Government's dereliction of duties is heartbreaking
The Times Editorial: When a government cannot deliver the most basic services to its citizens, it signifies a compromised state.
When those failed services relate to the well-being and education of those citizens, it symbolises a nation at risk. This appears to be the case in South Africa with the increasing chaos in both these departments.
The disheartening story of the basic education system is well-known - undelivered textbooks, unfilled teachers' posts and a host of litigation against a department that is ill-equipped to deliver a quality education to this nation's children.
Now, it seems - even with a minister who is regularly praised for his passionate engagement with the health sector - that many of our public hospitals, too, are in a state of disgrace.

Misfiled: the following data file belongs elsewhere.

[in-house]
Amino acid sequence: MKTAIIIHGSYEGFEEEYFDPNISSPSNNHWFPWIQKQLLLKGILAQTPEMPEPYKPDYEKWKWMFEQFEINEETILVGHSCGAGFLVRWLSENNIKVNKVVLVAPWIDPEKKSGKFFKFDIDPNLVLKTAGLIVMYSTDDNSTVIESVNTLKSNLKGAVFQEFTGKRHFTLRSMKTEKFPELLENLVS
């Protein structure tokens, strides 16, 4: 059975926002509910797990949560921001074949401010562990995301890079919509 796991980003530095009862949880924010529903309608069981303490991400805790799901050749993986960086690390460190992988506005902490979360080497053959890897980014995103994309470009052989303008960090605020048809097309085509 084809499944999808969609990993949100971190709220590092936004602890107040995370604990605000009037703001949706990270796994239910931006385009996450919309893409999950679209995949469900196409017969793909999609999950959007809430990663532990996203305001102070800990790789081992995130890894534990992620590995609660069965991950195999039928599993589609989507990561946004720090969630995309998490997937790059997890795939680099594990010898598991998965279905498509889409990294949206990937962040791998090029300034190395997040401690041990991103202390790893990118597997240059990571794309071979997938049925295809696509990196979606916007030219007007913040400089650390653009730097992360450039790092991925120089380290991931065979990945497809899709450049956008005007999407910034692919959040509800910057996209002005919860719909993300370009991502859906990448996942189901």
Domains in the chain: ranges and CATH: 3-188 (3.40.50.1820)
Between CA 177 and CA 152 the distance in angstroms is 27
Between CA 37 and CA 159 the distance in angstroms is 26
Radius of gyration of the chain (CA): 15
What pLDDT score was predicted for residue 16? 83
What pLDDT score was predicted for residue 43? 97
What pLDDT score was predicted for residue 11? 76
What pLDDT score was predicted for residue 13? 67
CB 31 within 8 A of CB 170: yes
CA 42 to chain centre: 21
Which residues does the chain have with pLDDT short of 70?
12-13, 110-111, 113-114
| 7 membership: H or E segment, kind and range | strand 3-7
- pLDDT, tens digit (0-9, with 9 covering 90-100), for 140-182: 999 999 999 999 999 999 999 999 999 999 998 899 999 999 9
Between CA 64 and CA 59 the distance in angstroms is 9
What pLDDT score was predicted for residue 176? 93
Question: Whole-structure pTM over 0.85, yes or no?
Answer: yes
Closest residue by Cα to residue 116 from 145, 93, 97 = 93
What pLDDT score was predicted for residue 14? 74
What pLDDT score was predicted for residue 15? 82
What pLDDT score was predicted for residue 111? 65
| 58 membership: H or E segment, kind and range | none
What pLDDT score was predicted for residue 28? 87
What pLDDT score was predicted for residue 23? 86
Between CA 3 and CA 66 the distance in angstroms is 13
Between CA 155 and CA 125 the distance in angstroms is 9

Alarmingly, patterns similar to those we have witnessed in education are emerging in health: essential services neglected, suppliers left unpaid and vital vacancies not filled.
Today's front-page story is shocking in the extreme for various reasons - not least that the situation has been left to spiral out of control, and that Charlotte Maxeke Johannesburg Academic Hospital is in the richest province and is one of the most important academic institutions in the country.
The letters from doctors about the lack of care they are giving their patients because of conditions far beyond their control are a heartbreaking indictment.
We are talking here about ordinary, very poor South Africans for whom a state hospital is the last refuge in terms of healthcare.
But doctors warn of a decreasing capacity to do the most basic things, such as routine ultrasound scans, treatment for cervical cancer and seeing to children. They say they lack the most basic equipment to perform surgeries.
Correcting these deficiencies in government is not complex. It is about doing what is required and what the state promises - hiring staff and paying suppliers. Simple stuff really. Simply Batho Pele, actually.